Just last week, Blerd and I discussed the evolution of “Nothing Compares 2 U” through its various permutations. Although we gave a brief background about The Family there, it’s worth recounting.
The Family were one in a string of many 1980s side projects for Prince, providing another outlet for his then-rich font of creativity. In essence, The Family rose from the ashes of the final incarnation of The Time, which had completely disbanded in 1985. For The Family project, Prince recruited ex-Time members Jellybean Johnson, Jerome Benton, and St. Paul Peterson, the latter taking lead vocal duties. The band also featured Eric Leeds on sax (who’d already worked with Prince on the Purple Rain tour), Miko Weaver (who would join Prince’s band following the breakup of The Revolution) and Susannah Melvoin (twin sister of The Revolution’s Wendy Melvoin, and Prince’s then-girlfriend).
The Family released only one album (self-titled, 1986 on Prince’s Paisley Park imprint), and performed only one concert to promote it. Though “Screams of Passion” got some moderate attention, the album is most remembered for including the first recorded version of “Nothing Compares 2 U,” a Prince composition later made famous by Sinead O’Connor.
In short, The Family went as quickly as the came, relegated to pop obscurity (save for geeky Prince enthusiasts).
Fast forward to the 21st century.
Following a one-off performance for a charity event in 2003 and another in 2007, The Family toyed with the idea of reuniting and recording new material. Over the last year or two, plans cemented, and the group has in fact been working on a new album, and are currently working on post-production. The disc is titled Gaslight, and has a tentative release date of September 12. While he contributed no lyrics or music, Prince is involved in the project – as what my dear friend Kembrew McLeod would call an “overzealous copyright bozo.”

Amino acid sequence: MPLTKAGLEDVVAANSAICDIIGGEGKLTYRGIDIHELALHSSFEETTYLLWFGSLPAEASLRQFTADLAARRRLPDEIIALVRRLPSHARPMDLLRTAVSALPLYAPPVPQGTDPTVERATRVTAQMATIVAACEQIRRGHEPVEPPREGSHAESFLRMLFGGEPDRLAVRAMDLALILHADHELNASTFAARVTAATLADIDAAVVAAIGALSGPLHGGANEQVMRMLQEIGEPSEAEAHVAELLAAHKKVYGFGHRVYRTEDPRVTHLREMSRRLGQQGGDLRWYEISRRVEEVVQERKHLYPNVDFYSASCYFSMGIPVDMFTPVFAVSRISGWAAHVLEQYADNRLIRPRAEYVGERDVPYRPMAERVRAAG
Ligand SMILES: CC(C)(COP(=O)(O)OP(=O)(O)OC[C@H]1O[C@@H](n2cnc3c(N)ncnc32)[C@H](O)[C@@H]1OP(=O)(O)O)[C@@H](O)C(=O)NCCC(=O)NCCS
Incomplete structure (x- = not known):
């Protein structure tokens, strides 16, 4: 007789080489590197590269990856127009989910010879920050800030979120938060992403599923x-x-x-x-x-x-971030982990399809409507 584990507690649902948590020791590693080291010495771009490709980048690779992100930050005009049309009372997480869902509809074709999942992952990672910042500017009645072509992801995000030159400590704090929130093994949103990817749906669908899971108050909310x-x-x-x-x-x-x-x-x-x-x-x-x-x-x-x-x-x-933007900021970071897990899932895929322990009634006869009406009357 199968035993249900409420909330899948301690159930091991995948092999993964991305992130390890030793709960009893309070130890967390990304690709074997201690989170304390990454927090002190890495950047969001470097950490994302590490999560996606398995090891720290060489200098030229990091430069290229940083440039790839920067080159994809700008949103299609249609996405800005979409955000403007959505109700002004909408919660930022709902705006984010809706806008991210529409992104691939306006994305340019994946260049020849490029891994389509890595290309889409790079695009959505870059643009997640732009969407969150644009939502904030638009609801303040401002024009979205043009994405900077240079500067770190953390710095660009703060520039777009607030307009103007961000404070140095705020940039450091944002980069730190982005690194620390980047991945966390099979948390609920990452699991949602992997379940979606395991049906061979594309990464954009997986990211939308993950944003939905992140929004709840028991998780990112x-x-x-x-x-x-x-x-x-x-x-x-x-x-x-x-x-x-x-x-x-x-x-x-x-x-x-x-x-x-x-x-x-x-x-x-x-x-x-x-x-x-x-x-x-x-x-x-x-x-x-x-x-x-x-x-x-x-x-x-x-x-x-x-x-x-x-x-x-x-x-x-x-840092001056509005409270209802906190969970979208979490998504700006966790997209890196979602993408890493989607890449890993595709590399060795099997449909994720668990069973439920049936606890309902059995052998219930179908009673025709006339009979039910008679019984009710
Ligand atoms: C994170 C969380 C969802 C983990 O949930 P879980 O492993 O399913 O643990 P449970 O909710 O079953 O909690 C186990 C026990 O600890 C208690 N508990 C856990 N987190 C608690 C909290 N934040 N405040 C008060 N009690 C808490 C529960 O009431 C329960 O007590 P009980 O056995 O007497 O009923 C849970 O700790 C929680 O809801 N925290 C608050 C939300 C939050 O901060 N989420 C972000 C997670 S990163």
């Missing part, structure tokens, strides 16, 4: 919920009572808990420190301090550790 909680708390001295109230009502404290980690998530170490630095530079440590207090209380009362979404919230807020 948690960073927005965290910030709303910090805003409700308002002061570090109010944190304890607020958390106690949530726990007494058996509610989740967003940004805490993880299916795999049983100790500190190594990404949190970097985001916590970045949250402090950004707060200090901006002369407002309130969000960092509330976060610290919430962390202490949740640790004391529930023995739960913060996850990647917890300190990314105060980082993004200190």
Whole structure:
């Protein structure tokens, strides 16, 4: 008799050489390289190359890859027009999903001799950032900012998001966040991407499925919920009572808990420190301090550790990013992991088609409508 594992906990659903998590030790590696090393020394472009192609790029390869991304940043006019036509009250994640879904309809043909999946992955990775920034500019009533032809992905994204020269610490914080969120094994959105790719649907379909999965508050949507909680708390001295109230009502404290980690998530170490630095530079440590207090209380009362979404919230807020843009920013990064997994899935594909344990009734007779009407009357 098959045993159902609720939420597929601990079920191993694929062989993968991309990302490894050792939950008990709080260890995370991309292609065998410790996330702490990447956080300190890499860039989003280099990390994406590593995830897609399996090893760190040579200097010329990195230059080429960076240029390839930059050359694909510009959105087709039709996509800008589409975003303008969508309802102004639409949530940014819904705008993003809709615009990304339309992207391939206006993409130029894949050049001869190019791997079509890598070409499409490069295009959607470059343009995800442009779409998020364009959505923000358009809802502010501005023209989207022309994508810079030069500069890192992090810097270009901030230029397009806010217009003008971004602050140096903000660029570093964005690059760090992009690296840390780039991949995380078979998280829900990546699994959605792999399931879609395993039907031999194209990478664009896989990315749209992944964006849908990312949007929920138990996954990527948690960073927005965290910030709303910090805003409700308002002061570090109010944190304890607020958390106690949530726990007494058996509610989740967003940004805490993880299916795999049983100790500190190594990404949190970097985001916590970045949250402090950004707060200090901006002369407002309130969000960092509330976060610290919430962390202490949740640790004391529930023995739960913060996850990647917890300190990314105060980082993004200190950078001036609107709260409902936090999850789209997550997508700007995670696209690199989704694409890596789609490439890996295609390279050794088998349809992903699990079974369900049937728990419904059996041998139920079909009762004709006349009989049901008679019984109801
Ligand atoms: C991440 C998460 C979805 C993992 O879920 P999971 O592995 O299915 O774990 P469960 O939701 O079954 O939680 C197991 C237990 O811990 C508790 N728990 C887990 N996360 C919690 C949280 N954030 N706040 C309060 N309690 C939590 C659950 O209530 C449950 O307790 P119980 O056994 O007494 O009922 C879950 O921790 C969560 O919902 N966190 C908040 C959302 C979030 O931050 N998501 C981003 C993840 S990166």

As many Prince fans (and critics) know, any use of Prince’s intellectual property invites a letter (or at least a phone call) from his legal team. There was the shutdown of Prince fan sites in the late 1990s; the suit against a baby dancing to Prince on YouTube; the suit against a Norwegian tribute album; and threats to any number of uses of Prince’s music, image or likeness on the web. But surely the group that had operated and performed under “The Family” moniker could retain that name for their new project, right?
Last Wednesday, Fdeluxe’s Facebook status read:
“Received a letter from Prince’s lawyer Howard King this morning … what lovely start to the day (Neil).”
And then on Friday:
Thanks again for all your posts be it support or criticism, That’s what is so great about the internet and forums! Everybody involved appreciates all the amazing support you have given the group. For those who questioned (be it publicly or via message) why we want to use The Family in the title I will tell you now so you have it on record from the horses mouth …
The group agreed to change the group’s name initially as Prince claimed he owned it (which I found through research was untrue). Of course once I knew this I questioned his claim with his people. Once we decided we were going to use fDeluxe we thought the smartest option would to be use ‘The Family’ as the title (or even the word “family” in the title somewhere) which would give us a link to the 1985 album. After all there are numerous songs/album titles that are the same (i.e ‘Don’t Be Cruel’, ‘Thriller’) and there is no law against titles being the same so we thought there would be no issue.Plus “Family” is such a generic name (there are numerous groups who came after this one with Family in their name i.e Puff Daddy & The Family – “diddy” owns that mark btw – The Family Stand, Family, La Famile etc) it is used a lot in album and song titles. If we were calling it something like “Purple Rain”, “Baduizm” or “Cookie: The Anthropological MixTape” that would obviously be not on!!! Hope that clears that up for you! Neil p.s did I mention fDeluxe ‘Gaslight’ out week commencing September 12?????
One wonders why, if Prince does not own the name, why wouldn’t St. Paul, Susannah, et. al. just use it? Most likely, members of The Family want to simplify their lives rather than have their reunion marred and likely delayed by a protracted legal battle. Beyond that, Prince has more money and better lawyers. Sadly, this is often the way legal disputes play out in the current copyright culture – rather than bear the costs (time, energy and money), the little guy decides not to fight.
It’s sad really, and a poor reflection on Prince and his relationships with his past associates. But that’s become so common as to not be news in and of itself. As I’ve said on many occasions, sometimes it’s hard being a Prince fan.
On a happier note, the band’s official website is live. There’s a new song posted (it’s good!) and a new photo (Susannah still fine!).
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